The Presidential Daily Brief


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    Stormy Week Ends With Federal Shutdown

    The bucks stop here. As Saturday dawned, a Senate stopgap budget deadlock triggered a shutdown of non-essential government functions. GOP leaders needed Democrats’ cooperation to reach the required 60 votes, so Senate Minority Leader Chuck Schumer negotiated with Trump into the night. But Republicans wouldn’t abide concessions such as loosening immigration policy and boosting Puerto Rico aid. The crisis capped a week that included reports that Trump’s lawyer paid for a porn star’s silence and a Republican senator’s speech comparing presidential anti-media tirades to Stalinism, controversies fading quickly amid partisan shutdown sniping.

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    The World to Face America in Davos

    They’ll all be there. For the first time in 18 years, a U.S. president will address the World Economic Forum in Davos, Switzerland, on Friday, but don’t expect a lovefest among the record 70 leaders assembling Tuesday. President Trump will find fellow populists, like Indian Prime Minister Narendra Modi, and other key speakers are likely to clash with his positions. Al Gore plans to urge action on climate change despite official U.S. disinterest. And Australian actor Cate Blanchett is to accept an award for helping refugees — something America’s unlikely to get anytime soon.

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    Feds Still Aren’t Sure How China Crushed CIA Network

    What he knew may have killed them. Since 2010, Beijing has killed or imprisoned more than a dozen American intelligence assets — in one case shooting a man in front of his co-workers. This week, the FBI arrested former CIA case officer Jerry Chun Shing Lee in New York. He’d recruited spies in China, and in 2012, agents allegedly discovered doomed CIA sources’ names in his possession. But while Lee faces 10 years for retaining secrets, investigators haven’t proven he’s their mole, so they’re also probing other potential culprits, like cyberespionage.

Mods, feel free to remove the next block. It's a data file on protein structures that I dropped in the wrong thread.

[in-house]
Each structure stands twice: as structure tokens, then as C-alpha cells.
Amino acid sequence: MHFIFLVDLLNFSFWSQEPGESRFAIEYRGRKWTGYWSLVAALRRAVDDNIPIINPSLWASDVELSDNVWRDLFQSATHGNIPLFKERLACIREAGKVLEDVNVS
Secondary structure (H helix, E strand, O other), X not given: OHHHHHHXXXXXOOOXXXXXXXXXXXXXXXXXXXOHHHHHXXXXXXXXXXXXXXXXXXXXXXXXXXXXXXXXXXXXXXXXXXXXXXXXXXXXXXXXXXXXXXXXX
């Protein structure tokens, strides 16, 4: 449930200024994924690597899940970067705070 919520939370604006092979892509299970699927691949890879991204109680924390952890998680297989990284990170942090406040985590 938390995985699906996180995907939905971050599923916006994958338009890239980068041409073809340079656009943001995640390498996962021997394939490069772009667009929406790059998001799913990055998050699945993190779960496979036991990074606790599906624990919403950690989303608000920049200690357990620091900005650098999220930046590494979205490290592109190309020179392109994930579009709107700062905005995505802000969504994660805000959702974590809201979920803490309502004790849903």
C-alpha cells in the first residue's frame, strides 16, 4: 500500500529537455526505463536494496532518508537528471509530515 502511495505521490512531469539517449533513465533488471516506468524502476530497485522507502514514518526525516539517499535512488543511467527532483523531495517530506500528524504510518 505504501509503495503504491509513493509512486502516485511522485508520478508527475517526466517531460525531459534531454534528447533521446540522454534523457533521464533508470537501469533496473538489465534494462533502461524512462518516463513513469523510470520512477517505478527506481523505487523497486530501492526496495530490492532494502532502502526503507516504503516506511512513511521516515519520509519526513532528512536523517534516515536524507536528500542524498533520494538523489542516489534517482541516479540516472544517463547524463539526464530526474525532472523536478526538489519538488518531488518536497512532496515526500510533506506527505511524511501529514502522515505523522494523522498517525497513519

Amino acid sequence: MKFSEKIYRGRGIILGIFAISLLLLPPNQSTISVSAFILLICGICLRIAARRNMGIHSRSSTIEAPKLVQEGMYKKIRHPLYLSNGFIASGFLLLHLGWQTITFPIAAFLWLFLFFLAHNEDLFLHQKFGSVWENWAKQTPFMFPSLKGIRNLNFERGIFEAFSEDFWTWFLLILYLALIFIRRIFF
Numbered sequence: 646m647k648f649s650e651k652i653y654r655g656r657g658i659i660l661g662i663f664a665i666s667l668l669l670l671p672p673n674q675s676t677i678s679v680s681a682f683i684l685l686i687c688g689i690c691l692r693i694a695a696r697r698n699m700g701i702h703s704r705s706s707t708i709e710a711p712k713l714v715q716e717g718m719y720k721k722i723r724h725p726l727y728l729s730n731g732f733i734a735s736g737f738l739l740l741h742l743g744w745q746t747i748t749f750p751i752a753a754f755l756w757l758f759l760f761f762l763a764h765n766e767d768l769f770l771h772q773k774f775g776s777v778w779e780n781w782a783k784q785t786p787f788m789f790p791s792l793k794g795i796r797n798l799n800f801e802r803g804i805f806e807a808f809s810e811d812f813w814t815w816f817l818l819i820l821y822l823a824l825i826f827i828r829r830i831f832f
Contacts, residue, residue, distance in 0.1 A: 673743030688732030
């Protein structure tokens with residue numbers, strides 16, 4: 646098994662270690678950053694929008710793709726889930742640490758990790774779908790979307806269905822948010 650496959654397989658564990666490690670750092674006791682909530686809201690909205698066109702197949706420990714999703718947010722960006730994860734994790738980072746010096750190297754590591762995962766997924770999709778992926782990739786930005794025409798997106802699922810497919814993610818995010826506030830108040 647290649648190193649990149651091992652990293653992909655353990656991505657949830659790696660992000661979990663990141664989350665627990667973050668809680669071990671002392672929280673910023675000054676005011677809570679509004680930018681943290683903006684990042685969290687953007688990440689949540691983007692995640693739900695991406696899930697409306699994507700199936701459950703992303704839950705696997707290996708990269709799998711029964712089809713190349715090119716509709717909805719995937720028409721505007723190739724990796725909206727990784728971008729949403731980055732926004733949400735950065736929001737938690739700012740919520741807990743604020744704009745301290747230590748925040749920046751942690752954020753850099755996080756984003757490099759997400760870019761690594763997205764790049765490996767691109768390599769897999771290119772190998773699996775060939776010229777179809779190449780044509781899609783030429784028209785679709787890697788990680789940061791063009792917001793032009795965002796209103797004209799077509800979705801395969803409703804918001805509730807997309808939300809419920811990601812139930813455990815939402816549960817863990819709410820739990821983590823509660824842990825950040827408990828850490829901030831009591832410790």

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    Can This Subreddit Save the Internet’s Soul?

    Your online comments changed my opinion — said many people, regularly. In a digital discussion environment that resembles a postapocalyptic free-fire zone, Change My View is an oasis of courteous debate. Created in 2013 by Scottish high school senior Kal Turnbull, it’s a moderated Reddit page upon which submitters challenge commenters to persuade them to renounce something they believe in with some misgivings. Successful mind-changers can even compete for “deltas” awarded by submitters unafraid to admit their malleability. But it’s not about weakness: “Low-effort” comments get deleted along with impolite rhetoric.

  5. Pence’s Holy Land Visit, Kabul Hotel Attack and Petty’s Mistake

    The Week Ahead: Four NFL teams will clash Sunday to determine which two will meet in the Super Bowl. And on Monday, U.S. Vice President Mike Pence arrives in Israel to meet officials — but not Palestinian leaders upset over America’s recognition of Jerusalem as Israel’s capital and a U.S. aid cut.

    Know This: Afghan special forces have killed three gunmen and ended a siege at a Kabul hotel that resulted in five other deaths. The U.S. Supreme Court has agreed to hear a challenge to President Trump’s latest travel ban, which targets six mainly Muslim nations and two others. And a jury in Canada has found three rail workers not guilty of criminal negligence in an oil-carrying train’s 2013 accident that killed 47 people and devastated a small Quebec town.